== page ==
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Publication numberUS7792966 B2
Publication typeGrant
Application numberUS 11/768,311
Publication dateSep 7, 2010
Filing dateJun 26, 2007
Priority dateJun 26, 2007
Also published asUS20090006501
Publication number11768311, 768311, US 7792966 B2, US 7792966B2, US-B2-7792966, US7792966 B2, US7792966B2
InventorsSunil Bharadwaj, Michael Fiedler, Xin Wang
Original AssigneeInternational Business Machines Corporation
Export CitationBiBTeX, EndNote, RefMan
External Links: USPTO, USPTO Assignment, Espacenet
Zone control weights
US 7792966 B2
Abstract
A method and apparatus are provided for performing zone entity modifications to entities in a network wherein a set of generic zone entity modification commands with an estimated lower processing cost is selected for each modification. Prior zone entity modifications in the network and the associated quantity of entities and processing time associated therewith are stored in a data structure. In response to a zone entity modification request, data associated with the current request is evaluated in view of processing time for prior zone entity modifications. An estimate of processing time for the zone entity modification request is calculated for at least two sets of generic zone entity modification commands. The set of generic commands with an estimated lower processing cost is selected and applied to the current zone entity modification request.
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Claims(16)
1. A method for operating a network, comprising the steps of:
configuring said network with a plurality of processing units and storage media, and providing a plurality of resource zones within said network;
expressing one set of zone entity modification commands of said network for a zone entity as a first cost and expressing a second set of zone entity modification commands of said network for said zone entity as a second cost, wherein said first and second sets of zone entity modification commands are equivalent in achieving same result for said zone entity modification;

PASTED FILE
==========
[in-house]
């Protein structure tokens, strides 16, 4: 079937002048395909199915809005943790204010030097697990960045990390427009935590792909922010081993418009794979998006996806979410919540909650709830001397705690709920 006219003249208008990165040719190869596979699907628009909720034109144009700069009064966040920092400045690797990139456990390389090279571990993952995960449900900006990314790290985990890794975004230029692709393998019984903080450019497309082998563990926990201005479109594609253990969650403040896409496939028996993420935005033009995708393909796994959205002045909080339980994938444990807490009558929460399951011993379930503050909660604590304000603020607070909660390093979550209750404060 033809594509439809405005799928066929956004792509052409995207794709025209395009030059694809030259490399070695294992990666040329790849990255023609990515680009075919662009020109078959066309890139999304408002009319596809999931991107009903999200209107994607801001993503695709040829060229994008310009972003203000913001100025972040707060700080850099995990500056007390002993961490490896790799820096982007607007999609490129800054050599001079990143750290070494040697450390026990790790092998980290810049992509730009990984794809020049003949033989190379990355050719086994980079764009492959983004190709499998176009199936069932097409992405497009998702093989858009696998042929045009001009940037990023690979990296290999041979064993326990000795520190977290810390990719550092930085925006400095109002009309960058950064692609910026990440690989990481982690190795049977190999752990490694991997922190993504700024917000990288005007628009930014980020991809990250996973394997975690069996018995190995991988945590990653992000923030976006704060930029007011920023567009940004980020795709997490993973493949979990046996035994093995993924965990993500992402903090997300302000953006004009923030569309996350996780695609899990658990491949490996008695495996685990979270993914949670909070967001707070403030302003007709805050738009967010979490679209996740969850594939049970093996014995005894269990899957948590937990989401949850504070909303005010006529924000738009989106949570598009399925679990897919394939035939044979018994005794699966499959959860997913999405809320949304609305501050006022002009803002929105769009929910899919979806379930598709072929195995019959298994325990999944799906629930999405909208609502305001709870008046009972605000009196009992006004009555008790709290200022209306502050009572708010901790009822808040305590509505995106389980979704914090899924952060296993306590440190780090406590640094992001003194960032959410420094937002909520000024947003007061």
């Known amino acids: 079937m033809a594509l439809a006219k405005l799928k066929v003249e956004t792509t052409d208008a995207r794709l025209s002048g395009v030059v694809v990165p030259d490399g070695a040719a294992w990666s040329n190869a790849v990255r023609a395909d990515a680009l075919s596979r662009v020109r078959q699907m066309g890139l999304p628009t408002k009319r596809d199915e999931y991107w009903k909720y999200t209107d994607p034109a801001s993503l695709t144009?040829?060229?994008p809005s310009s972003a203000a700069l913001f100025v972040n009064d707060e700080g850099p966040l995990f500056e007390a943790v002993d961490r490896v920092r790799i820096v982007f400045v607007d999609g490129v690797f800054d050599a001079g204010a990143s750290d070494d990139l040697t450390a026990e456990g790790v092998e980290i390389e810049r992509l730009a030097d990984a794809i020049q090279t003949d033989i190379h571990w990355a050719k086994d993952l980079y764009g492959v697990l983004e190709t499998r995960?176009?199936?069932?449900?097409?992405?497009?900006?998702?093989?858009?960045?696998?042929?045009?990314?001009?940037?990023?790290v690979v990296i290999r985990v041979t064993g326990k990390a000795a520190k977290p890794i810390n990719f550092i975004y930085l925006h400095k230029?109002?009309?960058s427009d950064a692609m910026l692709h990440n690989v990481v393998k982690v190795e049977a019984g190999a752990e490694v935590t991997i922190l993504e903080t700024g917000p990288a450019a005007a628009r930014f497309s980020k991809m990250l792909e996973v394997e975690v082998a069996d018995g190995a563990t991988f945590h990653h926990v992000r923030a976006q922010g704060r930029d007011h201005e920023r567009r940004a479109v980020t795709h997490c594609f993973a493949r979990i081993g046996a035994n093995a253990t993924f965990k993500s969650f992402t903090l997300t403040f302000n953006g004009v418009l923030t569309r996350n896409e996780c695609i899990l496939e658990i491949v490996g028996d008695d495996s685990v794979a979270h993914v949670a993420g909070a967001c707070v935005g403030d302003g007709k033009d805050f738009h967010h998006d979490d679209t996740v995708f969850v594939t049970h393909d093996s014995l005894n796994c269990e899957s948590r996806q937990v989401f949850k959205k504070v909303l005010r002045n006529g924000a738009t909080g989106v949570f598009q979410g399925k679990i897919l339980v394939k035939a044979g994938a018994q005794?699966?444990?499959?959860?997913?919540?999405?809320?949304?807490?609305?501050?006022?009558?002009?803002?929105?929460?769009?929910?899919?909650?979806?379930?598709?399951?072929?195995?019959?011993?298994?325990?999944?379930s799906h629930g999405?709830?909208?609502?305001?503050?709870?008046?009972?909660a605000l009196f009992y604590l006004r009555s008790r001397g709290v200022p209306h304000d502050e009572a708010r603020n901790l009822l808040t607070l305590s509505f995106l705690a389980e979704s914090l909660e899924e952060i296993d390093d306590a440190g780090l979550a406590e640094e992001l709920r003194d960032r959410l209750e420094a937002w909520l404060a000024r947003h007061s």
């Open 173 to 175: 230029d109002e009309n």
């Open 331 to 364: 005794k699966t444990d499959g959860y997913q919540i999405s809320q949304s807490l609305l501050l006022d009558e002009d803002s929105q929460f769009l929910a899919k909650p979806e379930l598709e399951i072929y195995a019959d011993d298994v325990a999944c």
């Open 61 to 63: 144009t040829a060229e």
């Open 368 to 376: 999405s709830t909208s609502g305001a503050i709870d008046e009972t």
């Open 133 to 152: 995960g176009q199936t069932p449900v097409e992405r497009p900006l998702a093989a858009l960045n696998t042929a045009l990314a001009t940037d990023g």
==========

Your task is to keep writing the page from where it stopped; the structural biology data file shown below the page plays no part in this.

maintaining a processing time estimate for a set of zone entity modification commands, wherein said processing time estimate is based on historical data from at least one prior zone entity modification in said network;
determining which of said sets of zone entity modification commands has a lower estimated cost for said zone entity; and
amending a zone entity population of said network with said selected zone entity modification commands associated with said selected lower cost.
2. The method of claim 1, further comprising selecting said zone entity modification commands with said lower cost based on said determination.
3. The method of claim 2, wherein the step of selecting said set of zone entity modification commands with said lower cost occurs dynamically.
4. The method of claim 1, wherein said zone entity includes a zone set, a zone, and a zone alias.
5. The method of claim 1, wherein said first cost includes an incremental zone entity modification technique including processing time data stored in said data structure for adding a first zone entity to a second zone entity and for removing one of said zone entities from another of said zone entities.
6. The method of claim 1, wherein said second cost is a non-incremental zone entity modification including processing time data stored in said data structure for deleting a zone entity, for adding a first zone entity to a second zone entity, and creating a new zone entity.
7. A computer system comprising:
a processor in communication with a network of processing units and storage media;
an arrangement of a grouping of resources in said network;
a first set of modification commands to said arrangement expressed as a first cost, and a second set of modification commands to said arrangement expressed as a second cost, wherein the first and second sets of zone entity modification commands are equivalent in achieving same result for the zone entity modification;
a data structure to maintain a processing time estimate for said sets of zone entity modification commands, wherein said estimate is based on historical data from at least one prior zone entity modification in said network;